Rickenbacker 4003. You either love it or you hate it. It surely has an original look. It has an unmistakable sound which is naturally buzzy / distorted and will create a lot of hum if not controlled. Many bass heroes played Rickenbacker’s so I can’t tell that it is not a good bass. Let’s just say that the natural distorted-sound of the bass doesn’t contribute to “how my feelings sound like”. Especially when playing lighter genres. It might contribute to yours, though.
Often seen in six strings, Yamaha TRB series is the axe of choice of many jazz and latin players – including John Patitucci – who like to play solo as much as they play bass lines. It has a distinctive growly sound which is kindof also heard in some Fodera basses, and the 2 humbuckers + active electronics help achieving many alternative sounds. In terms of versatility, it is close to G&L L-2000 and Fender Deluxe Jazz Bass. Except the lack of passive mode. However; high-end models have 6 strings, which means considerable effort is required to achieve a decent dexterity if you played 4-string basses for a long time. The neck is thin, but obviously wide. If a wide neck and soloing a lot is not your thing, you might look for other alternatives. I played a TRB 5, TRB 6, and now have a TRB 4 as a backup bass.
Let’s wrap things up.
If you don’t like EQ and simply want a single tone that fits everything well, you can lean towards a Precision Bass for a more traditional sound (passive) or a StingRay for a more modern sound (active) and start from there.
If you want to have an extremely versatile guitar which can produce a huge variety of tones for any style using different EQ settings, you can lean towards a Deluxe Jazz Bass for a more traditional single coil sound or a G&L L-2000 for a more modern humbucker sound.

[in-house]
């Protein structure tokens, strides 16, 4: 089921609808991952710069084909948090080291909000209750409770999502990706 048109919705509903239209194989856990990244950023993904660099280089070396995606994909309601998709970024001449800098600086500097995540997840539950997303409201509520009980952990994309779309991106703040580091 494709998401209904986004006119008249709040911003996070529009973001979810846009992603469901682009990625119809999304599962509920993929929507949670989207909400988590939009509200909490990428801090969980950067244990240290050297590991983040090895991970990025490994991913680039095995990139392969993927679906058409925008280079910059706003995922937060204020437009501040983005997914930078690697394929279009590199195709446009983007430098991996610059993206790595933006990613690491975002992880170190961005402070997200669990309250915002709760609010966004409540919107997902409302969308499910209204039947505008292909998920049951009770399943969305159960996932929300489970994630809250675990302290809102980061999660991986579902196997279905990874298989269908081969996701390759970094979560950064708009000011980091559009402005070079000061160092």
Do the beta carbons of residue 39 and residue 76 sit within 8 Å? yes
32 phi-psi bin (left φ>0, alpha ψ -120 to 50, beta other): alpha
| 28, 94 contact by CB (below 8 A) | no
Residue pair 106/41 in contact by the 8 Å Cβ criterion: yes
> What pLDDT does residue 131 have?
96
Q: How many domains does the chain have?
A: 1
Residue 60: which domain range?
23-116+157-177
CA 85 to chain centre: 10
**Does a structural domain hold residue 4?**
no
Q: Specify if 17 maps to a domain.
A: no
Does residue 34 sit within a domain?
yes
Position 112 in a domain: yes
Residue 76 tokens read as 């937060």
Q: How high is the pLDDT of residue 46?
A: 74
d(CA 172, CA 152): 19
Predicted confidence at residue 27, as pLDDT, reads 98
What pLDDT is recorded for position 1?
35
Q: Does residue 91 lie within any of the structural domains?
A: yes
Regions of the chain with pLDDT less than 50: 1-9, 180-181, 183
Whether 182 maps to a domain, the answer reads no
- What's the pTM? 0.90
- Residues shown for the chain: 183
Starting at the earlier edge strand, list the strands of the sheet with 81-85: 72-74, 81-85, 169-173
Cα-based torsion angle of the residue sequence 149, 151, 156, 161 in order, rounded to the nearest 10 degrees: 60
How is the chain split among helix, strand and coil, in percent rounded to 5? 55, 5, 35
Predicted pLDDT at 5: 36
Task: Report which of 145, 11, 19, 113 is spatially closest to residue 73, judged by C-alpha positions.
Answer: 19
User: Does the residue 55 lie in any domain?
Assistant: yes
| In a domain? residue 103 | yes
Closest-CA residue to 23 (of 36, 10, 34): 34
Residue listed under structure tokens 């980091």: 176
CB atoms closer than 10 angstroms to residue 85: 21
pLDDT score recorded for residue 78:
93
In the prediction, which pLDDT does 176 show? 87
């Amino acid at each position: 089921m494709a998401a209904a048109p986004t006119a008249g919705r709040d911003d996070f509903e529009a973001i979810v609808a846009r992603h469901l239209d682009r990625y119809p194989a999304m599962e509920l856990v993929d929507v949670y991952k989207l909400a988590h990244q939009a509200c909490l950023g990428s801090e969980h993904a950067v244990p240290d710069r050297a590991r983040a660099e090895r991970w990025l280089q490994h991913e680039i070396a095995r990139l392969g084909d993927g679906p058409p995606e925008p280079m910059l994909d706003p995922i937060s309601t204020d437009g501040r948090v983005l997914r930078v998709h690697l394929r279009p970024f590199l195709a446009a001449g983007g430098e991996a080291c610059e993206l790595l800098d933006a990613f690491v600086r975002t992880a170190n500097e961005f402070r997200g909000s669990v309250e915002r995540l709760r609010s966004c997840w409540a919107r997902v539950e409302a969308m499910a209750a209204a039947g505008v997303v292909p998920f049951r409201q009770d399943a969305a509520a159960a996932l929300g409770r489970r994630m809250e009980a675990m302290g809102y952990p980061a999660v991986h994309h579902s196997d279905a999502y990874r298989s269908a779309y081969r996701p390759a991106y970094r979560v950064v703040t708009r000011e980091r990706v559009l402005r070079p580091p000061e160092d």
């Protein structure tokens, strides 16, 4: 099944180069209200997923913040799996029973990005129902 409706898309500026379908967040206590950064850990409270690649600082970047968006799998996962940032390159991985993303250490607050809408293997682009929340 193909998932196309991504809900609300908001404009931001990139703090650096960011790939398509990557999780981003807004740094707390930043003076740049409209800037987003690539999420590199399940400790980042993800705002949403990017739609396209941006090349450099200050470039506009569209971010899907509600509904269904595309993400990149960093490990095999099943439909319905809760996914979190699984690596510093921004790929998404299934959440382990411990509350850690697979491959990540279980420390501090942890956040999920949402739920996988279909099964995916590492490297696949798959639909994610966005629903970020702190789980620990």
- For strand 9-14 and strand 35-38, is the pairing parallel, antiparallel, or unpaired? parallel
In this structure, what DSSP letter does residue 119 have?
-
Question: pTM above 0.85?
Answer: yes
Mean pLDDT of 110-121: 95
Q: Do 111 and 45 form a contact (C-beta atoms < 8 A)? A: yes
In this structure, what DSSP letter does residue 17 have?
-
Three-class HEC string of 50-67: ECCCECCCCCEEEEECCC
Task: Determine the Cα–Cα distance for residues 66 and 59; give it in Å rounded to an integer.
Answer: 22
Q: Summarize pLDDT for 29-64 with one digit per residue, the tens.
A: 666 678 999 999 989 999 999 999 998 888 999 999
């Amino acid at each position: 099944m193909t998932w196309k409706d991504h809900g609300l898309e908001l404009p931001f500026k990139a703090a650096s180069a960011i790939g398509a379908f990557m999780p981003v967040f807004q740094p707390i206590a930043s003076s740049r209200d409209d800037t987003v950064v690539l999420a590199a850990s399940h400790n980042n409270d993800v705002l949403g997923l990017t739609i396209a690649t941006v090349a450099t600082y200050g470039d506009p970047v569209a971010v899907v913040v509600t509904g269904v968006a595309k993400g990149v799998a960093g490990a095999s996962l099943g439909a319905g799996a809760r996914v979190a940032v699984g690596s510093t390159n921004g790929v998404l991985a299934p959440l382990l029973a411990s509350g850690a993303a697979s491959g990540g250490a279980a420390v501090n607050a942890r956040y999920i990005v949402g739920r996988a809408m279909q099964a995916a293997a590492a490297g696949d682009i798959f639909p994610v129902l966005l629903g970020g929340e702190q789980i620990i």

If you are going to slap a lot; a StingRay can be considered as a natural choice; however, many bassists (including Marcus Miller) slaps on a Jazz Bass and they sound great as well. Having huge versatility, G&L L-2000 should do the trick too if you like the sound.
If you are in a loud band and you want to cut through the mix easily, you have to look for an active instrument. StingRay is famous for that purpose, and Deluxe Jazz Bass and G&L L-2000 work well too.
There are people using Rickenbacker’s in jazz bands and it is OK as long as the sound is in harmony with their play style, other instruments, and how the song feels like. There are people using standard jazz basses in grunge bands and they make it work well. The opinions in this document are my own subjective opinions, which are the result of my own play style, preferences, and feelings. You should have your own subjective opinions by reading, researching, and messing around with many alternative guitars.
I hope that this article has inspired you to get free of bass stereotypes and guided you to a more enlightened point of view. Guitars and gear are only tools. Don’t overrate them, and make sure that your feelings, your play style, your gear and the genre in question all work in harmony to contribute to what matters the most: “Music is the language of feelings”.